WHEELING, W.Va. (WTOV)-- There have been a lot of questions surrounding healthcare in the Northern Panhandle after the sudden suspension of inpatient services at Ohio Valley Medical Center last week.
On Tuesday, a group of professionals, including WVU Medicine CEO Albert L. Wright, Jr., WVU President Gordon Gee, and Governor Jim Justice, talked about how some of those voids were going to filled during a news conference at Wheeling Hospital.
"I hate to say this because it sounds terrible, but it's a full-blown crisis created by out of state interests that could give a hoot about you,” Justice said.
They presented three major focus areas: Emergency Care, Behavioral Health, and Job Preservation.
Under emergency care, the plan is to build three urgent cares – one in downtown Wheeling, one in Benwood, and one in Mt. Olivet. It also includes expanding capabilities with physical renovations to existing healthcare facilities and enhancing capacity.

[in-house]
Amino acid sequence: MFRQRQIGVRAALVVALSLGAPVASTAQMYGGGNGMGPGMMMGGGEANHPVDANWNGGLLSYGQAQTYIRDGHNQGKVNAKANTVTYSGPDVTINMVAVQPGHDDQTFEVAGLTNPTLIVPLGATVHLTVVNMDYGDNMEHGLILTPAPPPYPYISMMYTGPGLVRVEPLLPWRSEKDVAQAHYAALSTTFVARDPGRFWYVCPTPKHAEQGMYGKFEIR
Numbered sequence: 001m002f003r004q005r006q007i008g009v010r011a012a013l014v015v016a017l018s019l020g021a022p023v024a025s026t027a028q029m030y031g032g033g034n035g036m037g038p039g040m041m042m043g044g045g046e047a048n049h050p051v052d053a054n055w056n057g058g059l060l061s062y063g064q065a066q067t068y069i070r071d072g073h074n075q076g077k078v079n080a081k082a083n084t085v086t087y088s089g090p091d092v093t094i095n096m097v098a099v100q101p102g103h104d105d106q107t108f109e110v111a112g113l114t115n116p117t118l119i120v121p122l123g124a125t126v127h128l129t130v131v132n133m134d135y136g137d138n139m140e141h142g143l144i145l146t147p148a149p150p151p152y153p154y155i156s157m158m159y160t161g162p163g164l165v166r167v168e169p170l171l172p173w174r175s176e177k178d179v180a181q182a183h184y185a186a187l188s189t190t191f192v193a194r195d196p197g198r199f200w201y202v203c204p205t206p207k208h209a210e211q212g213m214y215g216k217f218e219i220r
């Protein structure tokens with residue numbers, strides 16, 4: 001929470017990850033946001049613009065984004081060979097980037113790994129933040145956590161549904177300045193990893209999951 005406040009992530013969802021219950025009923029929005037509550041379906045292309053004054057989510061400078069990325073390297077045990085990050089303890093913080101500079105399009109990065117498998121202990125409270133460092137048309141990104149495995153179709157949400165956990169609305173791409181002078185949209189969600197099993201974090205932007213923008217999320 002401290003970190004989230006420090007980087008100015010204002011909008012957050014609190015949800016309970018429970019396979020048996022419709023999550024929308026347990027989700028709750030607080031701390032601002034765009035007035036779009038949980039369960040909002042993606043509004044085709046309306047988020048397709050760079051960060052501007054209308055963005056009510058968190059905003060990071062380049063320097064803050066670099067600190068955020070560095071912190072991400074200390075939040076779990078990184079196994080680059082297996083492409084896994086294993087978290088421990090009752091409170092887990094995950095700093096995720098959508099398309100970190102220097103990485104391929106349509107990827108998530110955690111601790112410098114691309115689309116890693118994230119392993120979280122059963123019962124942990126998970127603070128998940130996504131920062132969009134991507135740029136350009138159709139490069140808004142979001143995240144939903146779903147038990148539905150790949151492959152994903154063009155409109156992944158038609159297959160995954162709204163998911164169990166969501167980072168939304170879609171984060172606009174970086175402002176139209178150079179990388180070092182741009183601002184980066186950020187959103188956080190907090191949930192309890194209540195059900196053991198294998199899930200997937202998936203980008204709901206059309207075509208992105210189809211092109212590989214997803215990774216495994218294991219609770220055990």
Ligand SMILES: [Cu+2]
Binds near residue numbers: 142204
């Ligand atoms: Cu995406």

“There are other mechanisms -- unless it's a true emergency,” Wright said. “Use urgent care, use your primary care clinics. Don't go to an emergency department unless it's truly an emergency.”
The plan is to add 25 beds to both WVU Reynolds Memorial Hospital and Wheeling Hospital, with financial assistance from the state. They also plan to build out teams of psychiatrists, nurses, therapists, and tele-psych.
“Psychiatrists from Morgantown are going to start to work with the local emergency departments here, the triage patients, and say this person is safe to go here, this person needs to go there. It's a work in progress,” Wright said.
Job fairs will be held and hundreds will be hired, including physicians, clinicians, and support staff.
Everyone present acknowledged that this won't be an easy path, but the state and WVU say they'll work together to right the ship.
“From the governor's standpoint, to be able to do anything and everything I can do to help in this area, we gotta do it,” Justice said.